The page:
Browsing by Subject "HERITAGE"

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  • Kletter, Raz (2015)
    This paper reviews the forgotten history of the museum of the Israel Department of Antiquities and Museums (hereafter IDAM) in Jerusalem, which until 1965 was the central archaeological museum of the State of Israel. From its humble beginnings with a small temporary exhibition in 1949, the creators of this museum gathered together a large and important collection of antiquities. These founders hoped to create the cornerstone for the future new central museum of Israel. However, the State entrusted the general manager of the Prime Minister’s office, Tedi Kollek with the establishment of this new museum. In 1962, Avraham Biran, who worked closely with Kollek, was appointed director of IDAM. Biran eventually transferred the treasures of the IDAM to the new Bronfman Museum, the archaeological section of the Israel Museum.
  • Laužikas, Rimvydas; Dallas, Costis; Thomas, Suzie; Kelpšienė, Ingrida; Huvila, Isto; Luengo, Pedro; Nobre, Helena; Toumpouri, Marina; Vaitkevičius, Vykintas (2018)
    Archaeology and material cultural heritage enjoys a particular status as a form of heritage that, capturing the public imagination, has become the locus for the expression and negotiation of regional, national, and intra-national cultural identities. One important question is: why and how do contemporary people engage with archaeological heritage objects, artefacts, information or knowledge outside the realm of an professional, academically-based archaeology? This question is investigated here from the perspective of theoretical considerations based on Yuri Lotman's semiosphere theory, which helps to describe the connections between the centre and peripheries of professional archaeology as sign structures. The centre may be defined according to prevalent scientific paradigms, while periphery in the space of creolisation in which, through interactions with other culturally more distant sign structures, archaeology-related non-professional communities emerge. On the basis of these considerations, we use collocation analysis on representative English language corpora to outline the structure of the field of archaeology-related non-professional communities, identify salient creolised peripheral spaces and archaeology-related practices, and develop a framework for further investigation of archaeological knowledge production and reuse in the context of global archaeology.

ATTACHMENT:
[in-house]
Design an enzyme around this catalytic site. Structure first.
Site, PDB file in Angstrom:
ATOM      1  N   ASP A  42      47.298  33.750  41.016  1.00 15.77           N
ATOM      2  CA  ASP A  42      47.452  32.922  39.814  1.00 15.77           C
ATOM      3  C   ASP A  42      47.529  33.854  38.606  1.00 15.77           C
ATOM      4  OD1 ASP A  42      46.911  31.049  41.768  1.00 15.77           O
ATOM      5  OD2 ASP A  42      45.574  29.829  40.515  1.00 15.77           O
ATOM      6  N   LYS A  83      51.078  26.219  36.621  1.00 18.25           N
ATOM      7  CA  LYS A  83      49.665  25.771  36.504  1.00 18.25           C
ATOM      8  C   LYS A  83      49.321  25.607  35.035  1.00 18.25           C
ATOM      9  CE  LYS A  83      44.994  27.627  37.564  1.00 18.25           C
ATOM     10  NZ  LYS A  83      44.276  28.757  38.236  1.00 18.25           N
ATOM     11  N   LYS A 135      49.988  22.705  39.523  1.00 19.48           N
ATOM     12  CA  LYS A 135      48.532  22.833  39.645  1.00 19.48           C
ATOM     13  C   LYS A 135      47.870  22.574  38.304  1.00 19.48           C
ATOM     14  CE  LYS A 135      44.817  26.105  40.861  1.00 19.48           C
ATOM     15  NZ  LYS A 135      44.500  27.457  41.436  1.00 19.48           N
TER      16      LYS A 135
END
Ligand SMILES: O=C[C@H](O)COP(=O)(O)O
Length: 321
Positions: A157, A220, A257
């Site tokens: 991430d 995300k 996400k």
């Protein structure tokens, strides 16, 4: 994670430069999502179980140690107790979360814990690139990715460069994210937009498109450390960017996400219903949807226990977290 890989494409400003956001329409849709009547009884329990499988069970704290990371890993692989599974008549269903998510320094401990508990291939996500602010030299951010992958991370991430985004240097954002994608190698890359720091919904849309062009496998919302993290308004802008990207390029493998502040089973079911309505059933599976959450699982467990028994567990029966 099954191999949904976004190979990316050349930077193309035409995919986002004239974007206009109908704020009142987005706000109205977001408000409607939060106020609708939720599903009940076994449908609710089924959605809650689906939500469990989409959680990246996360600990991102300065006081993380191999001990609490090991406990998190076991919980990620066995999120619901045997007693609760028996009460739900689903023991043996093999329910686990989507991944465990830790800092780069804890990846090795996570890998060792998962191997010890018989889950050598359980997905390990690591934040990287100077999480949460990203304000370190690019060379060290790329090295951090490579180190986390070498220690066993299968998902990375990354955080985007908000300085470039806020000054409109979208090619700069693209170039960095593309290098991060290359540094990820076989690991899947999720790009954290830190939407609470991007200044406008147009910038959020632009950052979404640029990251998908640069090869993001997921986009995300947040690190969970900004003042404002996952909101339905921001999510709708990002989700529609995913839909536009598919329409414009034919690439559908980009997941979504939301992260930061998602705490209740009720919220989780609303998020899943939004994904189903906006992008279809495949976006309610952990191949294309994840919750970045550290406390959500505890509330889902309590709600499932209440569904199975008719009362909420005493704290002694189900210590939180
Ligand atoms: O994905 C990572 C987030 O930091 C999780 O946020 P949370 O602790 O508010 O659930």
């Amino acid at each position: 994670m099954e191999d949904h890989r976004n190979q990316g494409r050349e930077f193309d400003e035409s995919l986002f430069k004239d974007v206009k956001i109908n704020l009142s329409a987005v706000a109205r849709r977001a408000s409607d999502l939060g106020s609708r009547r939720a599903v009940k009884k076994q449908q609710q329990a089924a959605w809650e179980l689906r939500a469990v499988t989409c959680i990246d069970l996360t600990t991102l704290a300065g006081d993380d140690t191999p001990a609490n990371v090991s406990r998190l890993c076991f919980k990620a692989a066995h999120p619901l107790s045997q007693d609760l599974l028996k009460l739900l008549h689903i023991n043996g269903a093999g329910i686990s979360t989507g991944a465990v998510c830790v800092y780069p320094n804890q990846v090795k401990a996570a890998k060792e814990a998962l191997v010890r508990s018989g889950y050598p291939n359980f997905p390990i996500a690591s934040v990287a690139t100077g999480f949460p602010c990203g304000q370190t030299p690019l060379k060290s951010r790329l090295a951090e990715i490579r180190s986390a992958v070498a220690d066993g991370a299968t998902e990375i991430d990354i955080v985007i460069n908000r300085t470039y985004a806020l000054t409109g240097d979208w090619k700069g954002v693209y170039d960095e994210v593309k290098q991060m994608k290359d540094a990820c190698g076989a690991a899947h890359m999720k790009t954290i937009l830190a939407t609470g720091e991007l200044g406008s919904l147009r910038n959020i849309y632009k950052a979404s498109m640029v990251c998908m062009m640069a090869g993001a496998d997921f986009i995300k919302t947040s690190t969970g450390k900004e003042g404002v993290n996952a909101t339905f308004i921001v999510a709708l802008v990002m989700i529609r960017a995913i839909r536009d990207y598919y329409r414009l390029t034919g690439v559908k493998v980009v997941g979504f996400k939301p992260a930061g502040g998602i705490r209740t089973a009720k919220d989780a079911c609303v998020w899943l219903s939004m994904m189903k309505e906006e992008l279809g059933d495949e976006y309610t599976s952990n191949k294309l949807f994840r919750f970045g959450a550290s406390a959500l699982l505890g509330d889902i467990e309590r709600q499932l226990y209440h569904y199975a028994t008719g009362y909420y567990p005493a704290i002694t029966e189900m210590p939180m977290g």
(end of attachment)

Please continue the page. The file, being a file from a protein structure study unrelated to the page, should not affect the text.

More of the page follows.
• Botez, Andrei; Hietanen, Joel; Tikkanen, Henrikki (2020)
    In this study, we critically examine the ongoing adoption of various posthumanist influences into the fields of marketing and consumer research from a theological perspective. By conducting a theological-historical assessment, we propose that it is not posthuman notions of human/technology relations, nor their broader context in the emerging non-representational paradigms, that mark radically new disruptions in the continuing restructuring of the disciplines of marketing and consumer research. Instead, we argue that what is taking place is an implicit adherence to a contemporary form of age-old Christian dogma. As a radical conjecture, we thus propose that an identification of certain similarities between Christian dogma and the grounds for various posthumanist frameworks suggest that posthuman thought may well herald the global dissemination of a far more elusive, authoritarian, and hegemonic system than that which posthumanists typically claim to have abandoned. Consequently, we elaborate on implications to developments in marketing thought.
  • Rautio, Suvi (2021)
    Ethnic minority villages across Southwest China have recently experienced a dramatic increase in cultural heritage projects. Following new policies of rural development and the growth of tourism, villages are being converted into heritage sites to preserve the aesthetics of rurality and ethnicity. This article describes how architect scholars plan to create a ‘Chinese Traditional Village’ in a Dong autonomous district of Guizhou province, focusing in particular on the constraints of those plans and the negotiations. Rather than looking at plans as the end product, this article sheds light on the social dynamics of planning to reconsider the capacity for compromise between the interests and perspectives of planners, officials, and local inhabitants. Lasting compromises appear specifically in the materiality of buildings, pathways, and public space.